In an earlier case which had to do with Act No. 253 of 1918, the same court said: "* * * while the policy was written primarily to indemnify Richard for loss for accidental injury caused by him, yet, in obedience to Act No. 253 of 1918, the policy contains a clause, * * * granting an action to the injured person or his heirs against the company, under the terms of the policy, for an amount, not exceeding the limits of the policy, in the event of the insolvency or bankruptcy of the insured. This makes the policy, under the conditions named, inure to the benefit of the injured party, and makes it, in effect, one of accident insurance in favor of the person injured, when the accident is caused by the insolvent or bankrupt." Lawrason v. Owners' Automobile Ins. Co. of New Orleans, 172 La. 1075, 136 So. 57, 58, 77 A.L. R. 1412. (Emphasis ours.)

Act No. 253 of 1918 is similar in its provisions to Section 109 of the Insurance Law of New York, Consol.Laws, c. 28, Laws 1918 c. 182. The New York act came under consideration of the Supreme Court of the United States in Merchants Mutual Automobile Liability Ins. Co. v. Smart, 267 U.S. 126, 45 S.Ct. 320, 321, 69 L.Ed. 538. With respect to the New York statute that Court said: "* * * Having in mind the sense of immunity of the owner protected by the insurance and the possible danger of a less degree of care due to that immunity, it would seem to be a reasonable provision by the state in the interest of the public, whose lives and limbs are exposed, to require that the owner in the contract indemnifying him against any recovery from him should stipulate with the insurance company that the indemnity by which he saves himself should certainly inure to the benefit of the person who thereafter is injured. Section 109 does not go quite so far. It provides that the subrogation shall take place only when the insured proves insolvent or bankrupt, and leaves the injured person to pursue his judgment against the insured if solvent without reliance on the policy." (Emphasis added.)

The 1930 Act is not wholly procedural, for it confers also a substantive right upon the injured party in the direct action granted such party against the insurer. Nor is the act procedural in the sense that the Federal Rules of Civil Procedure, 28 U.S.C.A. following section 723c, are procedural; it deals neither with practice nor procedure in civil actions. If under it suit is instituted in a State court, State practice and procedure govern; if instituted in a federal court, federal practice and procedure become applicable. Equally without merit is the contention that the court below was without jurisdiction, since the actual controversy was one between the insured and the injured party, both citizens of Louisiana. The Act of 1918, as amended by the Act of 1930, makes the indemnity in favor of the insured inure to the benefit of the person who thereafter is injured by the negligence of the insured. Lawrason v. Owners' Automobile Ins. Co. of New Orleans, supra; and Merchants Mutual Automobile Liability Ins. Co. v. Smart, supra. In other words, it subrogates the injured person to all the rights of the insured within the terms and limits of the policy. Where the asserted right of action arises by subrogation and not by assignment, the subrogated party may sue on such right in a federal court if there is diversity of citizenship between him and the defendant, though the original debtor and the defendant are citizens of the same State. City of New Orleans v. Whitney, 138 U.S. 595, 11 S.Ct. 428, 34 L.Ed. 1102; 2 Hughes, Federal Practice, § 894, p. 148.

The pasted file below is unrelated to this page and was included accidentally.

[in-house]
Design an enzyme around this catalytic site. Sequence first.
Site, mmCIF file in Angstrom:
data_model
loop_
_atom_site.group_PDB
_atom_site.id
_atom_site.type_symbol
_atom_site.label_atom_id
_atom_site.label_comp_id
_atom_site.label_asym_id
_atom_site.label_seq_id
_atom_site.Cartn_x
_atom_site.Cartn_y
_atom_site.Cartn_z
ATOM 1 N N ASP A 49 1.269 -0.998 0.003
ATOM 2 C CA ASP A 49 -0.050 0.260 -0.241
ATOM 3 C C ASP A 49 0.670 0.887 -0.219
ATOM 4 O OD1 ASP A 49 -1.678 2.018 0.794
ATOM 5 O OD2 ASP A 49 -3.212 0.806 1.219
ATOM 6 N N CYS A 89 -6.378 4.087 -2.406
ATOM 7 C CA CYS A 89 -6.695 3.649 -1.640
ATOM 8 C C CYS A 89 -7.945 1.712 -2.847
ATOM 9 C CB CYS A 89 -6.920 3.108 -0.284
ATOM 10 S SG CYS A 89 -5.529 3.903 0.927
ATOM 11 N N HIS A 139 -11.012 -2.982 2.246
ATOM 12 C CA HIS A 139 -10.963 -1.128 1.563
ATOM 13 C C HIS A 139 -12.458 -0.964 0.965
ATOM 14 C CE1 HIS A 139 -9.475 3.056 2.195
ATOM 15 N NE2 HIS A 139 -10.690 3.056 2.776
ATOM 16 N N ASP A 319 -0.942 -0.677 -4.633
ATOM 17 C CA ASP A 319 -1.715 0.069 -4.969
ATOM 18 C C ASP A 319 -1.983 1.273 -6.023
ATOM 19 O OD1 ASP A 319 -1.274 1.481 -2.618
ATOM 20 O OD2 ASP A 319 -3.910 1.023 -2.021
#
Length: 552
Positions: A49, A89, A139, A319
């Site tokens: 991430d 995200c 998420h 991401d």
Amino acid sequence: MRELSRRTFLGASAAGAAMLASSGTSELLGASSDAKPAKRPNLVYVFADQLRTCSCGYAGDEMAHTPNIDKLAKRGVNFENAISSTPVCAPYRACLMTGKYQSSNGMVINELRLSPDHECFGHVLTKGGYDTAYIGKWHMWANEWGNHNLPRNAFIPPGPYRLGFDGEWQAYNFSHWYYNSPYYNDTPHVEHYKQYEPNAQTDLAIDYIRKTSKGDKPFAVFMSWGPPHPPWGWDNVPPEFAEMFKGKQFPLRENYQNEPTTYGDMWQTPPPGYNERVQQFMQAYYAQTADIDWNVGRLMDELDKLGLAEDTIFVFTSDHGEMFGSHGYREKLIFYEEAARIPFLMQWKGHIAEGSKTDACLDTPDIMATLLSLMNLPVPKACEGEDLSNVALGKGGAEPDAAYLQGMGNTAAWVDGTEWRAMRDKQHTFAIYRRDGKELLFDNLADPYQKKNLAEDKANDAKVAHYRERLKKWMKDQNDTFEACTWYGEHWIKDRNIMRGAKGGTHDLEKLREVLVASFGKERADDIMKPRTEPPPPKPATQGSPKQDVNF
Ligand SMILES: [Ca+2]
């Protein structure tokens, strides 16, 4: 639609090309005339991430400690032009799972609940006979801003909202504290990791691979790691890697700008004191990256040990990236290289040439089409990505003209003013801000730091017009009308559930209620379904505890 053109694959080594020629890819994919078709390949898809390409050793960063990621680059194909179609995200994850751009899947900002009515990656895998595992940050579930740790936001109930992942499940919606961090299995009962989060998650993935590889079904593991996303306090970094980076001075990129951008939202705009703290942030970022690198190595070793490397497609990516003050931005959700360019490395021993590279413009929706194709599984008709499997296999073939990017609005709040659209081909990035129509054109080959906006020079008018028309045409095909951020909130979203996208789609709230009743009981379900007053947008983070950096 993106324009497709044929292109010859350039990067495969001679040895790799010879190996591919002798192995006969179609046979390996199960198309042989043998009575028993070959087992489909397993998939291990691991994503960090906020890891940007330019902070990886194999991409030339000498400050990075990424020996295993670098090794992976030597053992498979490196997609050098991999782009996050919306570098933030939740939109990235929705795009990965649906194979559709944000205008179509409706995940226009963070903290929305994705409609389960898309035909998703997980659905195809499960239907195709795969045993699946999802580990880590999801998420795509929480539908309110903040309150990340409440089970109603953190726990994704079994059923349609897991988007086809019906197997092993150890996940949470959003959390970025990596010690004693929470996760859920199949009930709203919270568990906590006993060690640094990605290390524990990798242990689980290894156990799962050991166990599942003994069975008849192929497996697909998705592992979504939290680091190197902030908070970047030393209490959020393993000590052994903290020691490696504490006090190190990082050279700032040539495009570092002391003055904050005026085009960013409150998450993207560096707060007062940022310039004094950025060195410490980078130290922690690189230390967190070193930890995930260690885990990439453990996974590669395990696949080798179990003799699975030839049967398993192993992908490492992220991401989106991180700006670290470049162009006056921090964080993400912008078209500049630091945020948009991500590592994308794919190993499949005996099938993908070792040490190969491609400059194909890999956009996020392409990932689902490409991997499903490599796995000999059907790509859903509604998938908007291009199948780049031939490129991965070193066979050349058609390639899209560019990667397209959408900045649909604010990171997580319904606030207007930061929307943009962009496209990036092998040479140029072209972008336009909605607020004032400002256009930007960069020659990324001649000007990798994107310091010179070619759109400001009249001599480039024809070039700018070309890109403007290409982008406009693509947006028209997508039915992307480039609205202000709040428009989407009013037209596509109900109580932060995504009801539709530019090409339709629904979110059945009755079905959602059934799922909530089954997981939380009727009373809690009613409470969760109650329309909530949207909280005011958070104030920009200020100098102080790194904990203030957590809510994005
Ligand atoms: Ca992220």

Act No. 301 of 1908 La., as amended by Act No. 210 of 1944, prohibits a minor under the age of sixteen being employed, permitted, or suffered to work in and about or in connection with power-driven machinery, and prohibits a minor under eighteen years of age being employed, permitted, or suffered to work,

"(10) As driver of any motor vehicle used for commercial or industrial purposes or as a helper thereon, the term `helper' being defined as any person other than the driver whose work in connection with the transportation or delivery of goods or commodities necessitates or requires riding in or on a motor vehicle;

"(11) In the operation of * * * hoisting machines."

The Legislature of Louisiana in passing these acts clearly had in mind the protection of children from accidents resulting from working in the prohibited fields. Cropper v. Mills, La.App., 27 So.2d 764. In employing Joseph Soileau to do work on or about the truck, Campbell, the insured, clearly violated the act. Joseph was some five months over fifteen years of age and was employed without the knowledge or consent of his mother, his only surviving parent. In such circumstances it may not be said that he was an employee of Campbell. That relation can arise only out of a contract express or implied. A fifteen-year-old boy is without capacity in general to enter into any express contract, and Act No. 301 o...